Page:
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From what i’m told there is only so much we can do to the label. That being said it’s a valid point and something we could potentially add into the release notes.


I’m Dr. John Bisognano, a preventive cardiologist at University of Rochester, N.Y. Let’s talk about salt: What advice should you follow to stay or get healthy? Go ahead, ask me anything.

Some good info there

They’re not. They get powdered vitamins/minerals from commercial suppliers of them.

The levels for things like manganese are primarily because they occur naturally in ingredients such as oat flour - but the organically-bound manganese in oat flour has very low bioavailability, so the minerals added contain a tiny amount of manganese, as well.




It’s really a moot point. Even if the “organically-bound” manganese has no bioavailability, it’s still a violation of United States federal law (Title 21 Code of Federal Regulations) to not include the amount in the Nutrition Facts.

Are you sure about that?

Here is the nutrition label for Bob’s Red Mill Oat Flour, which contains manganese:


Here is the nutrition label for NutriBiotic rice protein, also containing manganese:

As you can see, this is total anarchy.


Since you’re reading CFR, see 21CFR101.9(a), 21CFR101.9©, and 21CFR101.9©(8)(ii). If advertising or product literature provides information connecting the nutrients to the food, the so-called “voluntary nutrients”, such as Mn, must be added to the Nutrition Facts. Besides, it’s just common sense that if there’s 695% of Mn in the formulation, you can’t just arbitrarily reduce it to 100% on the Nutrition Facts.

To add to Spiff’s post… RL adds about 2 mg of supplemental manganese, to meet the daily requirement. This makes it an ingredient. As an ingredient, it must be listed, and it must be included in the Nutrition Facts with a DV. … But when it’s listed, they can’t show just the added manganese, they must show the total amount in the product, including the organically-bound fraction. Hence the high number.

I haven’t had luck researching exactly what fraction of the organically - bound fraction is bioavailable. (It’s eady to confirm that is largely unavailable, but I can’t find detail, and most references are to texts not really found online.)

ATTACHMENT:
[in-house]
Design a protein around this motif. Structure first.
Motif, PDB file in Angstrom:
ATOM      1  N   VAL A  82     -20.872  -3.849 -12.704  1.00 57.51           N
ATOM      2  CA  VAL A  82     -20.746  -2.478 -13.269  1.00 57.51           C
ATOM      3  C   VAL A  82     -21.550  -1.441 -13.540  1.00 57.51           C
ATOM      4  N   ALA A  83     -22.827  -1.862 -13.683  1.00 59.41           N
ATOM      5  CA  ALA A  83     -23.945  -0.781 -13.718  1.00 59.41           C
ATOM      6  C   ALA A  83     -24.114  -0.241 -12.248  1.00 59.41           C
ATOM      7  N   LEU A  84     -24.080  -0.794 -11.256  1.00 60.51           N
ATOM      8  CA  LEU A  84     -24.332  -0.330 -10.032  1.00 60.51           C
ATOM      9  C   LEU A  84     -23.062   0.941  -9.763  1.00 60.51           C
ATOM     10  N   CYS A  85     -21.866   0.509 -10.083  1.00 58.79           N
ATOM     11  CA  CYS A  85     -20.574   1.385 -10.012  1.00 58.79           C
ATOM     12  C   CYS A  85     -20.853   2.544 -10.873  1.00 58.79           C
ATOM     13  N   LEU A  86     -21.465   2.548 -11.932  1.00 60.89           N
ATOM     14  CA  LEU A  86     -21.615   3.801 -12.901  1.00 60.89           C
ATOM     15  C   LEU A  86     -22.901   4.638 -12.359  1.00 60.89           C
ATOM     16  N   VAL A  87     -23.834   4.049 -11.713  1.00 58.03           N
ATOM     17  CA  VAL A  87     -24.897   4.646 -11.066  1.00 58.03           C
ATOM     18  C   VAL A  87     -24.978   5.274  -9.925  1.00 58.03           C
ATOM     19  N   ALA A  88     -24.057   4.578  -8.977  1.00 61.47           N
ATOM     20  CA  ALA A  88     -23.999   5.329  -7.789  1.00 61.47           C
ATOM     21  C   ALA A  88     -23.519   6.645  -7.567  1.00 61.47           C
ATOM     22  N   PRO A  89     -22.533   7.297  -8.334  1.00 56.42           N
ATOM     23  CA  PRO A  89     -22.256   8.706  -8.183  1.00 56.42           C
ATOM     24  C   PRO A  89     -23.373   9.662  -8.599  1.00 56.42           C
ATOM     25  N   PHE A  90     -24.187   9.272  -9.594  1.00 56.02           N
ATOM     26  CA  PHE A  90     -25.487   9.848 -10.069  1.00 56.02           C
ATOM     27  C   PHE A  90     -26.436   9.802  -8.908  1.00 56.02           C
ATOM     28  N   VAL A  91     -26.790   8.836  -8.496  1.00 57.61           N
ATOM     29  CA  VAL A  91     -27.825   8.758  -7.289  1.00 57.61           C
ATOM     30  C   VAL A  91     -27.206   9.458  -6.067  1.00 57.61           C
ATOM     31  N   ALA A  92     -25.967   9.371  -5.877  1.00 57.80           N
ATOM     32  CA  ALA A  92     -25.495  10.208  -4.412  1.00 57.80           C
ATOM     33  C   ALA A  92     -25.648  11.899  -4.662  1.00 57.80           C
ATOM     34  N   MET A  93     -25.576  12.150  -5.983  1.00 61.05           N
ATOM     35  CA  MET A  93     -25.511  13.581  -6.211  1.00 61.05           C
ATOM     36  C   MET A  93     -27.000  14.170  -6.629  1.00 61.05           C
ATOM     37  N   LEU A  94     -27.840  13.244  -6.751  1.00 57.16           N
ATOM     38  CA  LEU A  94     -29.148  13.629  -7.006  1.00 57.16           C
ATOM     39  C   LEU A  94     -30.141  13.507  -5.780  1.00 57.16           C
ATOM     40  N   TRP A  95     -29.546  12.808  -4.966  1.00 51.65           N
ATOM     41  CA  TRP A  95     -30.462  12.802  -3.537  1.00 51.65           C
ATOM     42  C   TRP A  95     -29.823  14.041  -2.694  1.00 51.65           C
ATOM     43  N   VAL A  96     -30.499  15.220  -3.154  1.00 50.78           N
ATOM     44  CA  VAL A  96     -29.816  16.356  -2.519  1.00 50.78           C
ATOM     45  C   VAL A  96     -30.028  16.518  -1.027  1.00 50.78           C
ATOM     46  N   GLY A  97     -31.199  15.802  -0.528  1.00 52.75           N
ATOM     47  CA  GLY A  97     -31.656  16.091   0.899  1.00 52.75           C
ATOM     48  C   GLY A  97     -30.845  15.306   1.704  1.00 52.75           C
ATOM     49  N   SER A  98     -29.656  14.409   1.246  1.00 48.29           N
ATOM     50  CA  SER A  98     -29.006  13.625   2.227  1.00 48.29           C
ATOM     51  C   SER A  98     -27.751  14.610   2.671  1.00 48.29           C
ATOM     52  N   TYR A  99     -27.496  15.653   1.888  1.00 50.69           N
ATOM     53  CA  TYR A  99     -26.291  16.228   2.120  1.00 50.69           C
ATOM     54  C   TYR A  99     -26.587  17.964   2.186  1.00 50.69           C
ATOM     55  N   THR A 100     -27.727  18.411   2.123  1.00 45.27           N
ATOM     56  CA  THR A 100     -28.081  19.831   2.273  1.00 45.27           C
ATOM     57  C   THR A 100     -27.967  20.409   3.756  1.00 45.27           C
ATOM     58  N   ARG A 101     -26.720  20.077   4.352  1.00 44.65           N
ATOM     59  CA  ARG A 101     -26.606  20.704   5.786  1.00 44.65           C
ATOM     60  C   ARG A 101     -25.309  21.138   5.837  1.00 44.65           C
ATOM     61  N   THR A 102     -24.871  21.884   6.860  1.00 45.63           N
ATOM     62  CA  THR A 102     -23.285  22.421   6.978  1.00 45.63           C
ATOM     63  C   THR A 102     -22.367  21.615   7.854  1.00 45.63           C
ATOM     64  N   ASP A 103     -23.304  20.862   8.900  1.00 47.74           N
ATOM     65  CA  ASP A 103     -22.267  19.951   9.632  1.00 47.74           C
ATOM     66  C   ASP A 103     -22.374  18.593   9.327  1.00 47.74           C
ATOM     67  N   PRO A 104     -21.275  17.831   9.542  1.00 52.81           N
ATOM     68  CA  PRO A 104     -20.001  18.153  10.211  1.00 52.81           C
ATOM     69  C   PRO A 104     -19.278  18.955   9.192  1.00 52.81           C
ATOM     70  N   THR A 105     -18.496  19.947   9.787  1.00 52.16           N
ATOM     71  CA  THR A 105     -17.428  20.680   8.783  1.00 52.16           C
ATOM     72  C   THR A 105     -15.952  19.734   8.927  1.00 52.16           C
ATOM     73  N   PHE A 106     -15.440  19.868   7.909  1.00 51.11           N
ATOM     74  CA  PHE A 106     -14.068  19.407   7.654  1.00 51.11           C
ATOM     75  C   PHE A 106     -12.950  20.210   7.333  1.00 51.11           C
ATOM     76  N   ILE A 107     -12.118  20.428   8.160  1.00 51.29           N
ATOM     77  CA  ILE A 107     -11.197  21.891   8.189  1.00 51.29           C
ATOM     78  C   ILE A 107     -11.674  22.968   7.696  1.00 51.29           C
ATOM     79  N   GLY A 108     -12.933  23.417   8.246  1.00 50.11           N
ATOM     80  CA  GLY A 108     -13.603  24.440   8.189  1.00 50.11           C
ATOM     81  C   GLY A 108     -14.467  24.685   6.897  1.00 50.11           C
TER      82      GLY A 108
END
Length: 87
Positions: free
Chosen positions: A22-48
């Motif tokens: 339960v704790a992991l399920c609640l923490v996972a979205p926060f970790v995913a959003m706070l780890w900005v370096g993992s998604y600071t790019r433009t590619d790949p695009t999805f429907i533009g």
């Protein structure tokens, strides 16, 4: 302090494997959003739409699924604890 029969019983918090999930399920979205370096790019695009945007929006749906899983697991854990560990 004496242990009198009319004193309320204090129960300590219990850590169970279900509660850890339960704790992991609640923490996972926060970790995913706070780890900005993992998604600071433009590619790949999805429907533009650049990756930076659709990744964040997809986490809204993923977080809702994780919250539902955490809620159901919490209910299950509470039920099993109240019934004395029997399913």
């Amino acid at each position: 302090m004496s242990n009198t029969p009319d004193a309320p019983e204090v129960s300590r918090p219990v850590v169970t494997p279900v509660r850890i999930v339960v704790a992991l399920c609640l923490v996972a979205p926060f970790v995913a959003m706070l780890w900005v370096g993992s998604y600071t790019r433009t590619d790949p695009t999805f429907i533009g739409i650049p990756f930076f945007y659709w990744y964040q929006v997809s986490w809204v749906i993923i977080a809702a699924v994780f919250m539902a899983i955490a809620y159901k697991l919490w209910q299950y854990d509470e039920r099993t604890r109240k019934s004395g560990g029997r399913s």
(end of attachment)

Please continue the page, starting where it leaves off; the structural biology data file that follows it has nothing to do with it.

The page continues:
…because 11.89 mg in the rest of the recipe is 100% not bioavailable?!

As an ingredient, it must be listed, and it must be included in the Nutrition Facts with a DV.

What about the 11.89 mg in the rest of the recipe. It doesn’t need to be listed? Please explain.

[quote=“nutrisludge, post:27, topic:21970”]

First, source your own claim that Rosa Labs grinds up pills for the product they sell. As you look for it, you’ll find out that they use a powder. (Note: I don’t mean what Rob might have blogged he was doing in his self-experiments two years ago, I’m talking about the stuff that actually goes into the product they sell now.)

[quote=“nutrisludge, post:27, topic:21970”]

Wow. You really like throwing the “source” challenge around. This is shown in the detailed nutrition info published by RL, which has already been linked in the thread you’re reading, so just scroll up, follow the links, and read. You’ll see that in Soylent Version 1.5, 11.7 mg of manganese come from the rice protein and the oat flour, while 2.19 mg come from the vitamin/mineral blend.

Your source?

I’m kidding. I don’t want to send you on a wild goosechase, since that’s actually actually incorrect. Most of the micronutrients possible on a DV label are not required at all, as long as they’re not added as separate ingredients. In fact, only four of them are actually required - A, C, calcium, and iron.

Source? Title 21, US Code of Federal Regulations, Secion 101.9 - NUTRITION LABELING OF FOOD. Enjoy.